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Lebanon's Crisis Reflects Regional Strife

Lebanon's Crisis Reflects Regional Strifei
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March 25, 2013 9:48 PM
The resignation last week of Lebanon's prime minister highlights the long-standing political tensions in the multi-faith government. As VOA's Elizabeth Arrott reports from our Middle East bureau in Cairo, the perils of sectarian politics is being played out with increasing intensity across the region.
Elizabeth Arrott
— The resignation last week of Lebanon's prime minister highlights the long-standing political tensions in the multi-faith government. The perils of sectarian politics is being played out with increasing intensity across the region.

In the two years since the conflict in Syria began, the fragile sectarian mix in neighboring Lebanon has become only more tense.  In the northern city Tripoli, supporters of Syria's Alawite President Bashar al-Assad have yet again fought deadly street battles with Sunni supporters of Syria's rebels.  

The latest fighting follows the resignation of Lebanon's consensus prime minister, who had tried to hold together a government of Assad-backing Hezbollah with Sunni politicians. Najib Mikati stepped down nominally over domestic issues, but he warned of the “regional fires” touching Lebanon “with their flames.”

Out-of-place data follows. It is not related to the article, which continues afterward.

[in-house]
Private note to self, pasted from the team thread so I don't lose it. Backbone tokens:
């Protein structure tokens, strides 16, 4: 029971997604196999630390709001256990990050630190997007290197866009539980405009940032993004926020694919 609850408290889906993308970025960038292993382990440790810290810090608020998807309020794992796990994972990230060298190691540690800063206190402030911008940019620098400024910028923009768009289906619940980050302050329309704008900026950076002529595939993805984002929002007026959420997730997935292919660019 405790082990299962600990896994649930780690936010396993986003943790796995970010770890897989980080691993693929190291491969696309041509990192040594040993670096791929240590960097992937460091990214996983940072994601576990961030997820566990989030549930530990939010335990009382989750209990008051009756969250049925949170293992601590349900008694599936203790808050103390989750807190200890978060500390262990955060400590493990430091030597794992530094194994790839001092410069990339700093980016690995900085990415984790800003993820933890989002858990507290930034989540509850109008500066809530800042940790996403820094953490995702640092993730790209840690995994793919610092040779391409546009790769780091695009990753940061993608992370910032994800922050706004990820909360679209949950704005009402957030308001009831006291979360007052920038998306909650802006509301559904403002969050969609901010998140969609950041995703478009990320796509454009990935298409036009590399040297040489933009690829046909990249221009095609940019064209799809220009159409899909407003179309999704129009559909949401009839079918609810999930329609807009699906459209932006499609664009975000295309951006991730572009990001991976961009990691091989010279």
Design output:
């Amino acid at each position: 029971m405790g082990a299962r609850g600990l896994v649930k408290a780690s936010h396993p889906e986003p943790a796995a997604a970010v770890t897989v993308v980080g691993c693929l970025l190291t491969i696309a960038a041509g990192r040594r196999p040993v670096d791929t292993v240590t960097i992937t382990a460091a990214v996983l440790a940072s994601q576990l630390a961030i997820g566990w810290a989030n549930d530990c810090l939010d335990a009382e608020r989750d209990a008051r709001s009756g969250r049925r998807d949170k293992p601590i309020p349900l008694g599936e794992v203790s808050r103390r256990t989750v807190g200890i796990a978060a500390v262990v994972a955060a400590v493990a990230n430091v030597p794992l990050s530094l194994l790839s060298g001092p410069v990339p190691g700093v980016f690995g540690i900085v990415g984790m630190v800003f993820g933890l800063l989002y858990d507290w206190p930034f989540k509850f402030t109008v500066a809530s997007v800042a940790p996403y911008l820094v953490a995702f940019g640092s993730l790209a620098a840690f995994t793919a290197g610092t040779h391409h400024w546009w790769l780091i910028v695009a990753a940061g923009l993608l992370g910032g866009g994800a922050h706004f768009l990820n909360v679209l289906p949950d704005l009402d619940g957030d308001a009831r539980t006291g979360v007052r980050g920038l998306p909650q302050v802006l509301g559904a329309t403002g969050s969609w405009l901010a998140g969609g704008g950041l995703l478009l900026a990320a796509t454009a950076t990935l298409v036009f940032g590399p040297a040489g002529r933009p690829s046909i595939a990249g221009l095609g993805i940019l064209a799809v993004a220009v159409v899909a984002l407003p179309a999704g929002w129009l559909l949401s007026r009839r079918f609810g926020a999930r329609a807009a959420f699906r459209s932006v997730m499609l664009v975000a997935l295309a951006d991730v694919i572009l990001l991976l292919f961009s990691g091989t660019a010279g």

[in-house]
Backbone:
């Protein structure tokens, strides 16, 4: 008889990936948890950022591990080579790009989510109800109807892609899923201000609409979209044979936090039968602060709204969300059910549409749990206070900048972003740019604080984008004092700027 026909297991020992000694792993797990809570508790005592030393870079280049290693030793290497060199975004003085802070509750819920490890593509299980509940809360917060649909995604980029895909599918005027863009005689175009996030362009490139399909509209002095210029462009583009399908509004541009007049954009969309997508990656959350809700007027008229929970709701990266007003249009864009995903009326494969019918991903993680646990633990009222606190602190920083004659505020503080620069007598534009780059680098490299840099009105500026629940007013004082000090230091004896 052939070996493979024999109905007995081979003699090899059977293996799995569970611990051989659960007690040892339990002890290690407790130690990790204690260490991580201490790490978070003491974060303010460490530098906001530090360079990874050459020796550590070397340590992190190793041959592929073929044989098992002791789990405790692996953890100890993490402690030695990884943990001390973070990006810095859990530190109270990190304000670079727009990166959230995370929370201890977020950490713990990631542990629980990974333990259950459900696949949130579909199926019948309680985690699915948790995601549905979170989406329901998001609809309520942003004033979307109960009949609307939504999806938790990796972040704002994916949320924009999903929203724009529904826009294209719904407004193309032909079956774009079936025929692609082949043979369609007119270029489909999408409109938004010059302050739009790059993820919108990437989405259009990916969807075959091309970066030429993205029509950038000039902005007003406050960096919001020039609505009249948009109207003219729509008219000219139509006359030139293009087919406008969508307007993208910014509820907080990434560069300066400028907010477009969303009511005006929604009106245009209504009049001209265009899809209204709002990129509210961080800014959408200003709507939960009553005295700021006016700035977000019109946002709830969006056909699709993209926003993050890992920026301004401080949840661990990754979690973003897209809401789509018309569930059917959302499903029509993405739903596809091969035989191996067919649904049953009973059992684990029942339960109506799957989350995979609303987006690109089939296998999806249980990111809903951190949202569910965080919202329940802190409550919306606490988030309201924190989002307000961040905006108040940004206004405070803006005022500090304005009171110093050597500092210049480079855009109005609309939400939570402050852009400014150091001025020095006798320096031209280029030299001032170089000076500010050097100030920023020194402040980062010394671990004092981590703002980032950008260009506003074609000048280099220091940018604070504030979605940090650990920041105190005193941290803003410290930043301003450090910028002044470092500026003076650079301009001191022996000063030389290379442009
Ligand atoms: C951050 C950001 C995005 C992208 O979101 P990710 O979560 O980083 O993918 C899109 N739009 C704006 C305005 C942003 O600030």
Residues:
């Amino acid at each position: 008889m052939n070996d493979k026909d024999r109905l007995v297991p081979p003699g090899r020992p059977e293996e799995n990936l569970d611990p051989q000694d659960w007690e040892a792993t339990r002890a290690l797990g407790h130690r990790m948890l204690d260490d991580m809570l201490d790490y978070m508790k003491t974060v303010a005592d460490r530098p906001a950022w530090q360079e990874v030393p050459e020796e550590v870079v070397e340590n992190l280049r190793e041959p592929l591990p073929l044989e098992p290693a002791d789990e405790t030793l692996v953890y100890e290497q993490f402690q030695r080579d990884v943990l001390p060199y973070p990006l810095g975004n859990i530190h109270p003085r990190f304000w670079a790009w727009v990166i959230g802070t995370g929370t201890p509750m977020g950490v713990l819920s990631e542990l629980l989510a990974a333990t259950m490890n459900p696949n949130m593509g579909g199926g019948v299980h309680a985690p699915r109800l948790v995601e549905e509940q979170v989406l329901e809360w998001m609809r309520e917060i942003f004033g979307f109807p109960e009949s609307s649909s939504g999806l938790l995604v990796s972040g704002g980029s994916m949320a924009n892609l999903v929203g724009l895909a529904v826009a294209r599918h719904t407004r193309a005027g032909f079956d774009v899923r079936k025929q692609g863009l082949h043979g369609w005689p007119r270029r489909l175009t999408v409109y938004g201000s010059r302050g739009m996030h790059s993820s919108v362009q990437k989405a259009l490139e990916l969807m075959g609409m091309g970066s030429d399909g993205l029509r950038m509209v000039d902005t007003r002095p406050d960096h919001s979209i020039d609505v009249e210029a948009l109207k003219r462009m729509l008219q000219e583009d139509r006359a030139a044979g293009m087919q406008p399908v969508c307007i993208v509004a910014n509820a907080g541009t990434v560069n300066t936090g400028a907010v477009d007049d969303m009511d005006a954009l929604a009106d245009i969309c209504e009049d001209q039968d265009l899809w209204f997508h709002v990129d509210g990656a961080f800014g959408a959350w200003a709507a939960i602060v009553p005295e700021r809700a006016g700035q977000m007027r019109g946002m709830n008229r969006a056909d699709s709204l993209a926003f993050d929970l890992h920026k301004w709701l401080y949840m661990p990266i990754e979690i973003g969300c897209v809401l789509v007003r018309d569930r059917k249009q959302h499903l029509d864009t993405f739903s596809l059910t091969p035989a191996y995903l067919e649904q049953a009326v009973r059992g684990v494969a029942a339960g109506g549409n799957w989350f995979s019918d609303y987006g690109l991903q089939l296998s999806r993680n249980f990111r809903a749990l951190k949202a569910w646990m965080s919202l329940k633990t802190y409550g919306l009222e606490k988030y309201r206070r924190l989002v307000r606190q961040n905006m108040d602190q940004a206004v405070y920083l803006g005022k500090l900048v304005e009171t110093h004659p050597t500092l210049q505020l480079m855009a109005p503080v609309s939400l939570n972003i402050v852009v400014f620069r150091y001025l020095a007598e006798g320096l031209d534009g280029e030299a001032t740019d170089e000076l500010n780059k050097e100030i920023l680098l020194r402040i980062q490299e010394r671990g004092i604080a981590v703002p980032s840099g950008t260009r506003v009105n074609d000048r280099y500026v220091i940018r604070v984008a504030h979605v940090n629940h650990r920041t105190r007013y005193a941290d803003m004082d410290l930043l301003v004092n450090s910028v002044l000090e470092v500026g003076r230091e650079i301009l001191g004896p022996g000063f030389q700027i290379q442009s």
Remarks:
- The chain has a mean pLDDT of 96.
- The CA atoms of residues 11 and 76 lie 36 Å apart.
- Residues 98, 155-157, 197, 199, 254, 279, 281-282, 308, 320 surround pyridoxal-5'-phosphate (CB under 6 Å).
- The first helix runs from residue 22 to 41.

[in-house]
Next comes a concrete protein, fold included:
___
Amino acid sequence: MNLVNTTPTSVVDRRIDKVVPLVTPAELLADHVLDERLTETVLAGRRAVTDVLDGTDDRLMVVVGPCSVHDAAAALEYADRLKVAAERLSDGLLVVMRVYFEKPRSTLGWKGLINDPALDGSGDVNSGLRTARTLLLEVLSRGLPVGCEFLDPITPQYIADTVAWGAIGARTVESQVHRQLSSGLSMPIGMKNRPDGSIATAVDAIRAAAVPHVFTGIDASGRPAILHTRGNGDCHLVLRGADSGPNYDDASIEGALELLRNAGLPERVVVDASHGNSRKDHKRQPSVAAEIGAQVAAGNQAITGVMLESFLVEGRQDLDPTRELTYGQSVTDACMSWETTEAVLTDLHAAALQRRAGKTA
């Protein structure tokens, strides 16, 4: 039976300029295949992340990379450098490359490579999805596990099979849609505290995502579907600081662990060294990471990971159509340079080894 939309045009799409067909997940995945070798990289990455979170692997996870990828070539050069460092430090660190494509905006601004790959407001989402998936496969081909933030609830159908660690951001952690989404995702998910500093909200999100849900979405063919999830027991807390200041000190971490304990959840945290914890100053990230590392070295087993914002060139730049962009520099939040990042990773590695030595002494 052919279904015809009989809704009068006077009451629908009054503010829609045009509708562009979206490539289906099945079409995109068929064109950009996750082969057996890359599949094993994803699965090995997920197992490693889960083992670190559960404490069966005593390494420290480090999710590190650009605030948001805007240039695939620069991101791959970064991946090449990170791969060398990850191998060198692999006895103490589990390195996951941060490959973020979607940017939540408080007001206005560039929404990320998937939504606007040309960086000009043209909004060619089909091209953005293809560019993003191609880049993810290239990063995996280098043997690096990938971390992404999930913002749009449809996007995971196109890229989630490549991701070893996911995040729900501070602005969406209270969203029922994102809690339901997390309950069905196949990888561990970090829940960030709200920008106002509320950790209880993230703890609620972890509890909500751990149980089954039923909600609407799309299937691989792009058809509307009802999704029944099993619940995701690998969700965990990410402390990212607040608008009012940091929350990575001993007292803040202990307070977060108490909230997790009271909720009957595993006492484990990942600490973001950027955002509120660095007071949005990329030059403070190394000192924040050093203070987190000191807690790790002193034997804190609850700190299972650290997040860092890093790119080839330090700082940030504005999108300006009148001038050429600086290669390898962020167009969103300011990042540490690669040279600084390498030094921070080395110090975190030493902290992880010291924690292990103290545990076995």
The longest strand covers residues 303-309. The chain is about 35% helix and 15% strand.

The sectarian nature of the war next door has prompted worries Syria could fragment completely along sectarian lines.

“I can see in front of me some possibility of Syria splitting into Alawi country, [with the] capital Latakiya in the western part of Syria; the northern part the Kurds; and then the rest of Syria for the rest of Sunnis, Druze and everybody else,” said former Egyptian intelligence officer and regional security expert Sameh Saif al Yazal.

While some dismiss the idea as a worst-case scenario, forces tearing apart Syria reflect the sectarian actors with influence in Lebanon as well -- in particular Iran with its backing of both the Assad government and Hezbollah.

Christian Donath, a professor at the American University in Cairo, says Iran's regional reach has prompted other nations of the Persian Gulf to get involved.

“The Qataris and the Saudis both share concerns over Iranian power and I think they are doing what they can to stem what they see as a spreading tide of Iranian and Shia influence," he said.

But some argue the rise of Sunni Islamists in the past two years may have prompted Iran's leaders to see a different kind of foreign influence at play.

“I think one of the things they understand is the West wants -- that the Arab Spring turns into a sea of Sunni regimes against Iran,” said political sociologist Said Sadek.

While suspicions abound, and while Syria sinks into what analysts call a proxy war for foreign powers with sectarian agendas, multi-faith Lebanon is trying to step back from the brink.

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